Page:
Syngenta’s Enogen footprint now includes more than 30 plants with a combined capacity of more than 3 billion gallons
Significant reduction in corn mash viscosity from using Enogen corn can lead to increased throughput and yield, as well as reduced energy usage, for ethanol plants
Marketing agreement enables farmers in a growing number of communities to serve as enzyme suppliers to the ethanol industry
MINNETONKA, Minn., U.S.A. – Syngenta today announced a partnership with Green Plains Inc. (NASDAQ: GPRE) to expand its use of Enogen® corn enzyme technology across its 1.5 billion gallon production platform.
Green Plains is one of the largest owners of ethanol production assets in the world, purchasing more than 500 million bushels of corn each year. Using Enogen corn as a portion of the feedstock enables alpha amylase to be delivered directly in the grain, eliminating the need to add a liquid form of the enzyme and significantly reducing the viscosity of the corn mash.
According to Green Plains President and CEO Todd Becker, the opportunity to enhance production and invest locally are key benefits of using Enogen corn.
“We have been using Enogen corn at a number of our locations for the past several years and have noted significant benefits, including enhanced yield and reduced energy costs,” Becker said. “Combining our focus to buy more corn directly from farmers and purchasing alpha amylase locally, in the form of high-quality grain for all of our plants, we believe Enogen will create value for our shareholders, growers and the communities where we do business.”
Enogen corn enzyme technology is an in-seed innovation available exclusively from Syngenta and features the first biotech corn output trait designed specifically to enhance ethanol production. Using modern biotechnology to deliver best-in-class alpha amylase enzyme directly in the grain, Enogen corn eliminates the need to add liquid alpha amylase and creates a win-win-win scenario by adding value for ethanol plants, corn growers and rural communities. Enogen is making dramatic gains not only in the field, but in ethanol plants, as well, and is helping to fuel enzyme innovation.
“Enogen is rapidly gaining popularity because of the value it delivers to ethanol producers and the opportunity it provides corn growers to be enzyme suppliers for their local ethanol plants,” said Jeff Oestmann, head, Bio-fuels Operations – Enogen at Syngenta. “Enogen corn enzyme technology creates increased profit potential for ethanol producers and corn growers while adding significant incremental value at the local level for communities that rely on their ethanol plant’s success.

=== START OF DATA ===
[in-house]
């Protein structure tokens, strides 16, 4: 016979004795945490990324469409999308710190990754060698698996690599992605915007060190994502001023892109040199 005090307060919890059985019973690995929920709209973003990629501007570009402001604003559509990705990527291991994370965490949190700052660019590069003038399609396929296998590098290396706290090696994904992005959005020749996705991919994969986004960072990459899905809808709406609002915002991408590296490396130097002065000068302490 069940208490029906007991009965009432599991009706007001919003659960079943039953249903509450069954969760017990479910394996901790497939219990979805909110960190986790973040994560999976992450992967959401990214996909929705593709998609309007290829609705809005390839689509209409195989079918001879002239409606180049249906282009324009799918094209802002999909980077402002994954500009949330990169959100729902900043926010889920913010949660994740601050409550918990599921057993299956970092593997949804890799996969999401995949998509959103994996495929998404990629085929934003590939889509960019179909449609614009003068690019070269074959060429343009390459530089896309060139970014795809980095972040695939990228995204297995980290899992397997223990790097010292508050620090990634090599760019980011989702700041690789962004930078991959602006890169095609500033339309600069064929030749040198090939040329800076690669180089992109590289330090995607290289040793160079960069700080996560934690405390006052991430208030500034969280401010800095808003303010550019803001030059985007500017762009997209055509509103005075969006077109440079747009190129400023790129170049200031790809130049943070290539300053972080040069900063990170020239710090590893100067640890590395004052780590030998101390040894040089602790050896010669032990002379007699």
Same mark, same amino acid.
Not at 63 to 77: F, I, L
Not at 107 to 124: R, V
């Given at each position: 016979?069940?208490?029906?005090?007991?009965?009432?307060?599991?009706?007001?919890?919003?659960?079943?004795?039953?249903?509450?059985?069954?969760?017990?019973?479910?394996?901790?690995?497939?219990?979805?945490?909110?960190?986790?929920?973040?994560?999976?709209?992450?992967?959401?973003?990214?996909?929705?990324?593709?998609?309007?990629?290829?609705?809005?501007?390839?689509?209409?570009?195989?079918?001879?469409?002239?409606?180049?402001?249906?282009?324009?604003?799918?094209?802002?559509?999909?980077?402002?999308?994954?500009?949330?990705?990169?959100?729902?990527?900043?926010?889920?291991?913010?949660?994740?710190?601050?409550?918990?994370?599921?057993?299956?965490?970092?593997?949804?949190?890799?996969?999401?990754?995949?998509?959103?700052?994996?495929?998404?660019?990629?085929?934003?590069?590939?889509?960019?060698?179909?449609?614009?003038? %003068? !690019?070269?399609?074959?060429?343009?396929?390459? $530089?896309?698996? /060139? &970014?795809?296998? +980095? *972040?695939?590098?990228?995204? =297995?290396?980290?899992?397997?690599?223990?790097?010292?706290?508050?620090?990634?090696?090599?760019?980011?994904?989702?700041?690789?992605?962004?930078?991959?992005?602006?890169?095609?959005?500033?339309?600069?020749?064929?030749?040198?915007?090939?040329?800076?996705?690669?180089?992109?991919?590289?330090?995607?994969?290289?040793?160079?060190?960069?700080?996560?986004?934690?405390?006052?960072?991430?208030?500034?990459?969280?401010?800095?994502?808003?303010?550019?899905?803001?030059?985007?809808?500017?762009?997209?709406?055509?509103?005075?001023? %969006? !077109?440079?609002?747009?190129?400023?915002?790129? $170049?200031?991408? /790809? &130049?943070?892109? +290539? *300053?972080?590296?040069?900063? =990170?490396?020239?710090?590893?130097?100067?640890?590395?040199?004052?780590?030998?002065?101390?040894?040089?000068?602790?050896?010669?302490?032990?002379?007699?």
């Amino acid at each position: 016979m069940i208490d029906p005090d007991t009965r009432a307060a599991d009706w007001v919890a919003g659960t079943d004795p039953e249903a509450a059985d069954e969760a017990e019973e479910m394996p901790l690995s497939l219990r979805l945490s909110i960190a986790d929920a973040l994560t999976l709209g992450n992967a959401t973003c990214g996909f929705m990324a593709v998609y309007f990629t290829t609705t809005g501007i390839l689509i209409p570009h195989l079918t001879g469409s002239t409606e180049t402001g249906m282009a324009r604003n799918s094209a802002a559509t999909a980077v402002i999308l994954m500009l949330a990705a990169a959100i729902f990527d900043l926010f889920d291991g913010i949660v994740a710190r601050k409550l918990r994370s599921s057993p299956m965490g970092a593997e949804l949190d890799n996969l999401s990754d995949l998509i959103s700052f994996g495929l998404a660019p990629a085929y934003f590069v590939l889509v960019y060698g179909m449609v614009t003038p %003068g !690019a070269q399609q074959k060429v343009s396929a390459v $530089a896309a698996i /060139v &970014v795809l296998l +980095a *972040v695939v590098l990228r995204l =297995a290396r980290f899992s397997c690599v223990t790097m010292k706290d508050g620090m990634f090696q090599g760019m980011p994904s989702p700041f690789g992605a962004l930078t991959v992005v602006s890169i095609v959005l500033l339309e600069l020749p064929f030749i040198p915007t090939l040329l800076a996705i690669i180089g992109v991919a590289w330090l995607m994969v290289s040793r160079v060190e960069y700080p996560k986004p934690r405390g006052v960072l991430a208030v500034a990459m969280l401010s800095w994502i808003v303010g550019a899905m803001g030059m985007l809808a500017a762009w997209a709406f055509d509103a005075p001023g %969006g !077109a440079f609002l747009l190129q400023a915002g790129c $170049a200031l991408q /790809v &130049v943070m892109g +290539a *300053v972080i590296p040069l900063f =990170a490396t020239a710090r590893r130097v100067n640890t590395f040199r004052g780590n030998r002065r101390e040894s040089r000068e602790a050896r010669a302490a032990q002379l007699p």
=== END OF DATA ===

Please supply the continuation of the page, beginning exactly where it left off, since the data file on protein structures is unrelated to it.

“Syngenta is committed to the success of the U.S. ethanol industry and to helping ethanol plants adopt the best enzyme strategy. We are proud to have made a significant investment to bring this game-changing technology to market to help make ethanol more sustainable and to help plants differentiate their offerings and support their local communities by keeping enzyme dollars local,” Oestmann added.
Today, 97 percent of America’s motor fuel mix contains about 10 percent ethanol, and higher blends are increasingly available. These new consumer options have appeared, in part, due to the work of the ethanol industry in pushing for more options like E15 for consumers at the pump. Ethanol is helping America reduce its dependence on foreign oil, and is helping to create jobs that can’t be outsourced. Enogen not only helps keep enzyme dollars in local communities, it also supports the creation of jobs in the United States.
The robust alpha amylase enzyme found in Enogen grain helps an ethanol plant significantly reduce the viscosity of its corn mash and eliminates the need to add a liquid form of the enzyme. This breakthrough reduction can lead to unprecedented levels of solids loading, which directly contributes to increased throughput and yield, as well as critical cost savings from reduced natural gas, electricity and water usage.
Farmers who grow Enogen corn are eligible to earn an additional premium per Enogen bushel. And, numerous trials have shown that Enogen hybrids perform equal to or better than other high-performing corn hybrids1.
To inquire about incorporating Enogen into a dry grind ethanol plant, contact Jeff Oestmann email@example.com. For more information about Enogen corn hybrids, contact a Golden Harvest®Seed Advisor or NK® retailer, or visit www.Enogen.com.
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1Syngenta production data, 2012-2016
Syngenta is a leading agriculture company helping to improve global food security by enabling millions of farmers to make better use of available resources. Through
world class science and innovative crop solutions, our 28,000 people in over 90 countries are working to transform how crops are grown. We are committed to rescuing land from degradation, enhancing biodiversity and revitalizing rural communities. To learn more visit www.syngenta.com and www.goodgrowthplan.com. Follow us on Twitter at www.twitter.com/Syngenta and www.twitter.com/SyngentaUS.
About Green Plains Inc.
Green Plains Inc. (NASDAQ:GPRE) is a diversified commodity-processing business with operations related to ethanol production, grain handling and storage, cattle feedlots, food ingredients, and commodity marketing and logistics services. The company is the second largest consolidated owner of ethanol production facilities in the world with 17 dry mill plants, producing nearly 1.5 billion gallons of ethanol at full capacity. Green Plains owns a 62.5% limited partner interest and a 2.0% general partner interest in Green Plains Partners. For more information about Green Plains, visit www.gpreinc.com.
Green Plains Contact:
VP, Investor & Media Relations
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